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Geoffroy's Marmoset Dies at Smithsonian's National Zoo

  • Geoffroy's marmosets Edwin (left) and Lilo (right) sitting on a branch in their exhibit.
    Geoffroy's marmosets Edwin (left) and Lilo (right) rest on a tree branch in their habitat.

On Nov. 3, Small Mammal House keepers said goodbye to the Smithsonian's National Zoo's last Geoffroy’s marmoset, Lilo. Last week, she experienced an age-related and irreversible decline in health. Due to Lilo’s poor prognosis and declining quality of life, the animal care team made the decision to humanely euthanize her. At 12 years old, she was considered geriatric for her species; typically, Geoffroy’s marmosets in human care live about 7 years. Lilo arrived at the Zoo in July 2017 and served as a wonderful and charismatic ambassador for her species.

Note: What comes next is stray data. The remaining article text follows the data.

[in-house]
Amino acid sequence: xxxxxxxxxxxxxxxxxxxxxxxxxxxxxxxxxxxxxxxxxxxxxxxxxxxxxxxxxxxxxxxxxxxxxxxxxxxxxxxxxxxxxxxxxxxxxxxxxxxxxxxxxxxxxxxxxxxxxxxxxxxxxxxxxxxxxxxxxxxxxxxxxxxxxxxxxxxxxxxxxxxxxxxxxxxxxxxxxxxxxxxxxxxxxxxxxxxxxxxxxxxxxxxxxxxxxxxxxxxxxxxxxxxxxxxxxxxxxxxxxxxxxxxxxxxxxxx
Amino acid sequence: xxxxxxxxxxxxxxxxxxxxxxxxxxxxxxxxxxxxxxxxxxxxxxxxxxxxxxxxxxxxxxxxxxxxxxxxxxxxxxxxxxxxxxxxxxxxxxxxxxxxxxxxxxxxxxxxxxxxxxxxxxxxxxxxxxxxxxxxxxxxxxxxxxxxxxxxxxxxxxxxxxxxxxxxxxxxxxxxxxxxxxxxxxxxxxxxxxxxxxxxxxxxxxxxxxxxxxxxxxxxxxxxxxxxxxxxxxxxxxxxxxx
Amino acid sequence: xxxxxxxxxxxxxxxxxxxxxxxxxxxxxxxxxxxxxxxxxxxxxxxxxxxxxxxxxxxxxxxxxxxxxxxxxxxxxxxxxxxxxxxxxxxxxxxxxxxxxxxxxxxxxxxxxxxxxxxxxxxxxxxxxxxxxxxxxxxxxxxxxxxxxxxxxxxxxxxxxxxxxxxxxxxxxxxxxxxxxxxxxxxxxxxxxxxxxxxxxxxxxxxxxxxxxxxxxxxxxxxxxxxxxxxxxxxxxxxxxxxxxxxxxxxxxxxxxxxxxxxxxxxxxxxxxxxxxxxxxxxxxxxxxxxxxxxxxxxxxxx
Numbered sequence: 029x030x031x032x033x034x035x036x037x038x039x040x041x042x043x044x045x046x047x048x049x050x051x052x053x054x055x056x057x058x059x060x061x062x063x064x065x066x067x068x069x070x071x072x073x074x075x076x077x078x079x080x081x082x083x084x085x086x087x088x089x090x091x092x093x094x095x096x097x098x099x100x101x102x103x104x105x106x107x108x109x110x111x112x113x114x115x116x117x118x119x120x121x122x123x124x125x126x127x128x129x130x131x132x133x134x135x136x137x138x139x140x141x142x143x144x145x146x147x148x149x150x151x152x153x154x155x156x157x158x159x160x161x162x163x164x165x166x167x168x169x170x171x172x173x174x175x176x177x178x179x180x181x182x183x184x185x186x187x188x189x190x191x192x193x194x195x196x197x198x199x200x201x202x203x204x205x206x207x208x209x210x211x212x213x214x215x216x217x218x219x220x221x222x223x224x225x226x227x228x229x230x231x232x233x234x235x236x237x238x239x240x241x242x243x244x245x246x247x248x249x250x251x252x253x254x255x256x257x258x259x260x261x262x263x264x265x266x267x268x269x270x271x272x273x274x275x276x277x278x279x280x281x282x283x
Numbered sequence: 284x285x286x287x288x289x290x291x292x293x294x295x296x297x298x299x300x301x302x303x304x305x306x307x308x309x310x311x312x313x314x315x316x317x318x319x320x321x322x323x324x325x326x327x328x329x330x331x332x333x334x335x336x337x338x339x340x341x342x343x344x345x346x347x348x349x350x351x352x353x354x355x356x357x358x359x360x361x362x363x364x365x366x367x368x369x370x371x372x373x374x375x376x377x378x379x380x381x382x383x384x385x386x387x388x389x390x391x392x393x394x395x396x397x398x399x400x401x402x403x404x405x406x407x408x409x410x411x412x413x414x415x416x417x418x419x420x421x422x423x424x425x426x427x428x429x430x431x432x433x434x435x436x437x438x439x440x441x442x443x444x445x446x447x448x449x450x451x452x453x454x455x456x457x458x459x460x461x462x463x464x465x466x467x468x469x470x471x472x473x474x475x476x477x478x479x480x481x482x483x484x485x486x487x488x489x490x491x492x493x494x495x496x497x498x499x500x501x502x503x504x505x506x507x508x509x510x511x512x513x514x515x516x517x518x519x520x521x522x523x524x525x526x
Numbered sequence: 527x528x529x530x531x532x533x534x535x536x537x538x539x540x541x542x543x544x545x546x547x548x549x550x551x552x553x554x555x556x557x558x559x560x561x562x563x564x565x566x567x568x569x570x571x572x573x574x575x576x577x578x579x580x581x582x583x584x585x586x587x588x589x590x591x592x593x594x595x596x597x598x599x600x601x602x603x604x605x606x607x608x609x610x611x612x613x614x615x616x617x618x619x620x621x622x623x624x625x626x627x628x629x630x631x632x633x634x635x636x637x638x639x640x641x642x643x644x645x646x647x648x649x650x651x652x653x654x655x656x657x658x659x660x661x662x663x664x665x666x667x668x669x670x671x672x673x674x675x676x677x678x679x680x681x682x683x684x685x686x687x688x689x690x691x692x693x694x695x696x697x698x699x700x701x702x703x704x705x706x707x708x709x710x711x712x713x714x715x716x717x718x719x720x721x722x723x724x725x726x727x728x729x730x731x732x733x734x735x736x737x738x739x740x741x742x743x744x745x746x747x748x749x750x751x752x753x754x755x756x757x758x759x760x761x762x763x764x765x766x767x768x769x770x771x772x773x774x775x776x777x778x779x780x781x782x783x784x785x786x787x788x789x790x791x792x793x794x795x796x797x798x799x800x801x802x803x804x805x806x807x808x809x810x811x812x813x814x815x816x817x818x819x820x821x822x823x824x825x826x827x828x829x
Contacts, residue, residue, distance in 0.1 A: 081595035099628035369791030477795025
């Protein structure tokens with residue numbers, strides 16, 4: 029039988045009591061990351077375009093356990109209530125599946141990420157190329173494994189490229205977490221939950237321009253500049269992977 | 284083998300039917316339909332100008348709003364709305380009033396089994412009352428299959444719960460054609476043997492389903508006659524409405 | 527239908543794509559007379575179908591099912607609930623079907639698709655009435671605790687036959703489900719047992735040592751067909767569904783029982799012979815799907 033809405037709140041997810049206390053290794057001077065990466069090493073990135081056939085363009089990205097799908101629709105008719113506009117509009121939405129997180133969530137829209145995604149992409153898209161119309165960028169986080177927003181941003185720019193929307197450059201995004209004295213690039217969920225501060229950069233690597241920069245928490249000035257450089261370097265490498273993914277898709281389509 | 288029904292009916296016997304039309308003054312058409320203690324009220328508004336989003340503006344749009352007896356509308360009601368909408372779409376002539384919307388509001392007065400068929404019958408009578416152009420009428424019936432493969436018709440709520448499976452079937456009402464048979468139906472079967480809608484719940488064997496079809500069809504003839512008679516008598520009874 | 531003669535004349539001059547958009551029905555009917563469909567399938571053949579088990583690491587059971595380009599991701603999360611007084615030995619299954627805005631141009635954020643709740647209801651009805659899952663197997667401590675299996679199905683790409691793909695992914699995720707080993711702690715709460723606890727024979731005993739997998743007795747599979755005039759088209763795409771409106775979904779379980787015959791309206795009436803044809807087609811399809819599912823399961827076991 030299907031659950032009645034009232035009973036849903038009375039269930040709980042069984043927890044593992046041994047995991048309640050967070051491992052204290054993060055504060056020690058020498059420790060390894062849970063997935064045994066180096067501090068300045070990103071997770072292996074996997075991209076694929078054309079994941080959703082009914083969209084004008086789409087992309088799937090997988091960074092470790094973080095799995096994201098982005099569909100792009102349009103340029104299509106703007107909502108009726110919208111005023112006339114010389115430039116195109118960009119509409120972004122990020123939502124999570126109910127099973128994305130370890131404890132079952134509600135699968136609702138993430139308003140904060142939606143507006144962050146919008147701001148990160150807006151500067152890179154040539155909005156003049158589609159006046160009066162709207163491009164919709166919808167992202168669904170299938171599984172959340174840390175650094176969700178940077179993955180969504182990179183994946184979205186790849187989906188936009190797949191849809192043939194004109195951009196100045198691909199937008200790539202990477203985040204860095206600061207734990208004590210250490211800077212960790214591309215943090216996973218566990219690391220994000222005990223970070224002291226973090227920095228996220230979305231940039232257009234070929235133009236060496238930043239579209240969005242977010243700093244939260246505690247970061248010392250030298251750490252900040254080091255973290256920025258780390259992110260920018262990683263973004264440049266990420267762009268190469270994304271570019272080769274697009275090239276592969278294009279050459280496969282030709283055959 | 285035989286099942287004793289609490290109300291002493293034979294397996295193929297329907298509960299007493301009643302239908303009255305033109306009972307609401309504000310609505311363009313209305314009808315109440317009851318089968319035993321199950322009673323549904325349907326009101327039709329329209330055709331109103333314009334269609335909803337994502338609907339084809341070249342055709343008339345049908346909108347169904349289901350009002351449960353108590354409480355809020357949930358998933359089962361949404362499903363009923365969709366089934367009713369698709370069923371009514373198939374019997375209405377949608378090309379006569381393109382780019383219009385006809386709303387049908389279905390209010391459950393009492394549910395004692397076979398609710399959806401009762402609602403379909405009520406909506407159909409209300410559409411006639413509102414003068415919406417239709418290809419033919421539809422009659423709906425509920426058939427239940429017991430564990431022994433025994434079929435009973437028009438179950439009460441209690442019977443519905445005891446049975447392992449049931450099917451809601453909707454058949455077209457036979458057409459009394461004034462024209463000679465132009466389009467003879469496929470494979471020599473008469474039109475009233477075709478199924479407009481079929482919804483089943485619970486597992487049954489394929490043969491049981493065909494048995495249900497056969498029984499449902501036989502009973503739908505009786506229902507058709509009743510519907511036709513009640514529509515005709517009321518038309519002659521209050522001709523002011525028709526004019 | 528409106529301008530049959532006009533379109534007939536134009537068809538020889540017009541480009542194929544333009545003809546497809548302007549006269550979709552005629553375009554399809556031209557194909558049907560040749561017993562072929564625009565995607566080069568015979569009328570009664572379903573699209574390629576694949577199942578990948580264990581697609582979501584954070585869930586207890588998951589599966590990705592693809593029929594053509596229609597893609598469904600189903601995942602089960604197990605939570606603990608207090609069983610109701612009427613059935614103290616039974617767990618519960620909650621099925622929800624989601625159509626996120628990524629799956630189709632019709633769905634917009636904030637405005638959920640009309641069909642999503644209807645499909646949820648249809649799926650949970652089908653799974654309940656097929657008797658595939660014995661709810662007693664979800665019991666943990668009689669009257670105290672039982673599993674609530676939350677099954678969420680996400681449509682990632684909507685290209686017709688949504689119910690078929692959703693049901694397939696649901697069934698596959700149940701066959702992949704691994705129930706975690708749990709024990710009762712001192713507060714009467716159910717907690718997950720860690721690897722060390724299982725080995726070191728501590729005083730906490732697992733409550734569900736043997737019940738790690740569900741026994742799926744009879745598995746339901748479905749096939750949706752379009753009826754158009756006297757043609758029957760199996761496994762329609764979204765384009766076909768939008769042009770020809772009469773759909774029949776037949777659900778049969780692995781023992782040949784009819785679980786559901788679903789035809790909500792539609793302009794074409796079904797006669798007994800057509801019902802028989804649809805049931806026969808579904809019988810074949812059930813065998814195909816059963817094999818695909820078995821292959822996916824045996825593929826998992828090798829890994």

Lilo was one of the sassiest and most expressive characters in the Small Mammal House. She had a picky palate, and if keepers offered her a food she didn’t like, it was clear by the look on her face. For many years she shared the exhibit with her late partner, a Geoffroy’s marmoset named Edwin, and a screaming hairy armadillo named Amber. If she wasn’t satisfied with her own diet, she would occasionally come down to the ground and steal Amber’s treats! She eagerly interacted with keepers and seemed to enjoy “supervising” them as they went about their daily routines. Staff fondly remember and miss Lilo for her curious, high-spirited and lovable nature.